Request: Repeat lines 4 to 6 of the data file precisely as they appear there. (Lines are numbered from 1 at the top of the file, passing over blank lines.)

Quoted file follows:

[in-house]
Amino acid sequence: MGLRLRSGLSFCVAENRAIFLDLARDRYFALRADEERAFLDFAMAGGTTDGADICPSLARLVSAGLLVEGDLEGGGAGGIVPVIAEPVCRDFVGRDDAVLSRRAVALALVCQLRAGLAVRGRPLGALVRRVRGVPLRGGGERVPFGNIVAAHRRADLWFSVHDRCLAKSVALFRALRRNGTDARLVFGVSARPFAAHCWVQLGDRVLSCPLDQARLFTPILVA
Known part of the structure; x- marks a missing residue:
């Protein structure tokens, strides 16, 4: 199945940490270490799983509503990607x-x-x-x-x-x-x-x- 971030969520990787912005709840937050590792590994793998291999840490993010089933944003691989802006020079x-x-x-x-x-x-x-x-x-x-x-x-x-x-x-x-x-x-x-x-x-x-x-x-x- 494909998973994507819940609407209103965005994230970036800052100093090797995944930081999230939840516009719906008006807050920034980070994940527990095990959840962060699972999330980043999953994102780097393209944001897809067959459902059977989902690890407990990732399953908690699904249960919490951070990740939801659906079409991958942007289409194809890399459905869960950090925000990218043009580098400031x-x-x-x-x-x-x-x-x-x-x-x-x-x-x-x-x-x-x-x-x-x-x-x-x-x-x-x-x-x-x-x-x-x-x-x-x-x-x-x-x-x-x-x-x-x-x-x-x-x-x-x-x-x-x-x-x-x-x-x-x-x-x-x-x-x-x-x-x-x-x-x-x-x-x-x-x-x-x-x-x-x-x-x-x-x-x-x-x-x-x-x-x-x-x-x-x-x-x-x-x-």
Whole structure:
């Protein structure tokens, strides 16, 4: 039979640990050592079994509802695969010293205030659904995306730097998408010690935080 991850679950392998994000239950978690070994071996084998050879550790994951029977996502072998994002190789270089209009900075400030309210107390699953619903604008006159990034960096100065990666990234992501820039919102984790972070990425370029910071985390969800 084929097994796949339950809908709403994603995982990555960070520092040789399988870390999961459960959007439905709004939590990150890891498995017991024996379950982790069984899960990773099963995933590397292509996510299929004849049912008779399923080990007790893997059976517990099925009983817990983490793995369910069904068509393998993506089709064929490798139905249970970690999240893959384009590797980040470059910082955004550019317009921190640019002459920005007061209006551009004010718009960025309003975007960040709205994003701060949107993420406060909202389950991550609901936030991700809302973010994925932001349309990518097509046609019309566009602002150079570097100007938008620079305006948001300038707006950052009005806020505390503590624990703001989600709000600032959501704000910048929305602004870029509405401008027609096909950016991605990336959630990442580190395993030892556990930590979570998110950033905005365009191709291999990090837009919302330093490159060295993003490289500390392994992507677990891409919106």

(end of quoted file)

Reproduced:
């Protein structure tokens, strides 16, 4: 199945940490270490799983509503990607x-x-x-x-x-x-x-x- 971030969520990787912005709840937050590792590994793998291999840490993010089933944003691989802006020079x-x-x-x-x-x-x-x-x-x-x-x-x-x-x-x-x-x-x-x-x-x-x-x-x- 494909998973994507819940609407209103965005994230970036800052100093090797995944930081999230939840516009719906008006807050920034980070994940527990095990959840962060699972999330980043999953994102780097393209944001897809067959459902059977989902690890407990990732399953908690699904249960919490951070990740939801659906079409991958942007289409194809890399459905869960950090925000990218043009580098400031x-x-x-x-x-x-x-x-x-x-x-x-x-x-x-x-x-x-x-x-x-x-x-x-x-x-x-x-x-x-x-x-x-x-x-x-x-x-x-x-x-x-x-x-x-x-x-x-x-x-x-x-x-x-x-x-x-x-x-x-x-x-x-x-x-x-x-x-x-x-x-x-x-x-x-x-x-x-x-x-x-x-x-x-x-x-x-x-x-x-x-x-x-x-x-x-x-x-x-x-x-």
Whole structure:
């Protein structure tokens, strides 16, 4: 039979640990050592079994509802695969010293205030659904995306730097998408010690935080 991850679950392998994000239950978690070994071996084998050879550790994951029977996502072998994002190789270089209009900075400030309210107390699953619903604008006159990034960096100065990666990234992501820039919102984790972070990425370029910071985390969800 084929097994796949339950809908709403994603995982990555960070520092040789399988870390999961459960959007439905709004939590990150890891498995017991024996379950982790069984899960990773099963995933590397292509996510299929004849049912008779399923080990007790893997059976517990099925009983817990983490793995369910069904068509393998993506089709064929490798139905249970970690999240893959384009590797980040470059910082955004550019317009921190640019002459920005007061209006551009004010718009960025309003975007960040709205994003701060949107993420406060909202389950991550609901936030991700809302973010994925932001349309990518097509046609019309566009602002150079570097100007938008620079305006948001300038707006950052009005806020505390503590624990703001989600709000600032959501704000910048929305602004870029509405401008027609096909950016991605990336959630990442580190395993030892556990930590979570998110950033905005365009191709291999990090837009919302330093490159060295993003490289500390392994992507677990891409919106």